But another, preferable response exists: Roger I. Simon and Claudia Eppert talk about a “chain of testimony” and suggest that listening imposes a duty on the listener.  Listening to personal testimony at the crossroads of memory and history “imposes particular obligations on those called to receive it – obligations imbued with the exigencies of justice, compassion, and hope that define the horizon for a world yet to be realized.”  In this way, bearing witness and listening to testimony demands a number of actions and responses, including that we “transport and translate stories of past injustices beyond their moment of telling by taking these stories to another time and space where they become available to be heard or seen.”

If we take Simon and Eppert’s charge seriously, as I believe we should, those of us who have been privileged to hear the direct testimony of survivors of the Holocaust.  Their words come not just with the specific knowledge they impart or the emotional impact they have on us – sorrow, anger, fear, horror – but with a duty, an obligation of some kind.  

On many of our campuses, this week is Holocaust Education Week, and this Friday marks International Holocaust Remembrance Day.  Given the significant number of Holocaust survivors and their descendants in Canada, the scheduled events and programs have a personal resonance for many of our students and their families, but their impact can be deep and meaningful for all of us, regardless of who we are and where we come from.  I encourage each of you to make time to participate in this week’s activities and to consider your place in the chain of testimony: what obligation does listening to narratives from the Holocaust place on you, and how do you carry those stories forward in time?

 

Weekly D’var: Shemot

Weekly D’var: Shemot

In this week’s parashah we learn the story of Moses, from his birth, through his flight from and eventual return to Egypt, to the acceptance of his role as leader of the Hebrew people.

After fleeing Egypt, for killing an Egyptian slave master, Moses was living rather peacefully as a shepherd in the land of Midian. The Torah describes for us Moses’s first interaction with G-d upon coming across a bush, “burning with a heart of fire [Exodus 3:3]”. G-d calls out to Moses and requests he take the Jewish people out of Egypt and eventually into the land of Israel. However, Moses argues with G-d, “Who am I that I should go to Pharaoh? Who am I that I should take the Jews out of Egypt? [Exodus 3:11]” After initially refusing four times, Moses eventually agrees to G-ds request, and as we know, the rest is history. But why was Moses so unwilling to take up the position of leader, to the extent that he would argue with G-d? And why was G-d so set on having Moses lead the Jewish people?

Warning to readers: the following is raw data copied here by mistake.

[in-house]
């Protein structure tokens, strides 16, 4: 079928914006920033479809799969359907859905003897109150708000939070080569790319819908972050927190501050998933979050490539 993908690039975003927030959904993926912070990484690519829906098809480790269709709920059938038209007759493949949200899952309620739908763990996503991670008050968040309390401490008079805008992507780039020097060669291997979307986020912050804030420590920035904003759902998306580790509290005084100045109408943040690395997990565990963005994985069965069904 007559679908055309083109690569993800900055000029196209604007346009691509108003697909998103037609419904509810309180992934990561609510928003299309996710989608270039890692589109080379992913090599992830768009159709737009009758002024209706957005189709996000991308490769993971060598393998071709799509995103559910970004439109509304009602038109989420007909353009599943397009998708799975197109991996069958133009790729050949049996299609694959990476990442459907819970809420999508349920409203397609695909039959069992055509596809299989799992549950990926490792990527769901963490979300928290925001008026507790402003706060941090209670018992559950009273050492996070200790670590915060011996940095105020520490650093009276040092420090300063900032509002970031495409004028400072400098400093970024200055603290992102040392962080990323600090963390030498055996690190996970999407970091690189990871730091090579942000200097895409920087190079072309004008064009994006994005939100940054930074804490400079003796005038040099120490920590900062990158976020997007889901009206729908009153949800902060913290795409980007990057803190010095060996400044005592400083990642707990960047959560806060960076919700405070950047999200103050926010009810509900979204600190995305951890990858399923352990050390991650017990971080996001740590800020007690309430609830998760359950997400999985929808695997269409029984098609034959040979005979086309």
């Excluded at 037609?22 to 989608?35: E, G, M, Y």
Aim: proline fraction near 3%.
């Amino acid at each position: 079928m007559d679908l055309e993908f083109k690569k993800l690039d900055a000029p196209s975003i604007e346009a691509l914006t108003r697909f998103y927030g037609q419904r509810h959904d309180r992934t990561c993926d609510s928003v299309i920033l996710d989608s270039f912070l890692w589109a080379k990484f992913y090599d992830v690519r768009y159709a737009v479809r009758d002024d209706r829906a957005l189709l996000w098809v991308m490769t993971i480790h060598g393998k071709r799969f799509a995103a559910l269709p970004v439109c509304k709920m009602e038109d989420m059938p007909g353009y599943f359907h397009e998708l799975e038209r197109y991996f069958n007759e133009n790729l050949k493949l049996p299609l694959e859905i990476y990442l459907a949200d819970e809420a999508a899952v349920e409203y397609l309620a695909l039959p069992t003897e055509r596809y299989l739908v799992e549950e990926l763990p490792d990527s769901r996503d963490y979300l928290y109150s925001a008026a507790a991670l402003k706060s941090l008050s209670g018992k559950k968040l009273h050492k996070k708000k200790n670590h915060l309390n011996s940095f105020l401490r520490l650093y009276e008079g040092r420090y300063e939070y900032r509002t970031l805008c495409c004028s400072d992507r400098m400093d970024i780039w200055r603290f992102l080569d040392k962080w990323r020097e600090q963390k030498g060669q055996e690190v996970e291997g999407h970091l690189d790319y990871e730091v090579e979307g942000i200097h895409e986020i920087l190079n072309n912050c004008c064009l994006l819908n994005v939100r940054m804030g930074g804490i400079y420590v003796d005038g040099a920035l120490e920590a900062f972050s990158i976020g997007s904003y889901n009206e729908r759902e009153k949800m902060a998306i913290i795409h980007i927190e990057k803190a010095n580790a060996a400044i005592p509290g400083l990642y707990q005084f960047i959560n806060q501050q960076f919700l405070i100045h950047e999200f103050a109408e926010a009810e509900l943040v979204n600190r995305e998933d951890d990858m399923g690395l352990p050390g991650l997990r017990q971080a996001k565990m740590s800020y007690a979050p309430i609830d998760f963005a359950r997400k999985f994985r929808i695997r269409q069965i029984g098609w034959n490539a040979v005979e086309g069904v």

Perhaps the answer can be found through the incident that led to his flight from Egypt, years earlier, when Moses, as mentioned above, killed an Egyptian slave master for beating a Hebrew slave. Immediately, he was met with opposition from some of the Hebrew slaves, “who made you chief and ruler over us? Do you mean to kill me as you killed the Egyptian? [Exodus 2:14]” Moses felt discouraged and unsure of his ability to lead. However, it seems that G-d saw in Moses, a faithful shepherd, the ability to lead his people from slavery to freedom. Very often in Tanakh, the people that are most worthy to lead are the ones who deny that they are worthy at all. Moses may not appear to be the first choice for a leadership figure, suffering from a speech impediment and lacking charisma; however, Moses possessed certain qualities that made him the ideal leader to bring the Jewish people out of Egypt. We too possess qualities that can lead us to achieve incredible success and realize our full potential. We may often feel unmotivated or unsure of our own capabilities. Instead of feeling discouraged, I believe we can look to Moses who, despite all his doubts, stepped up to the challenge and became the greatest leader in Jewish history. 

Sam Virine
VP of Jewish Life at Hillel Waterloo & Laurier

X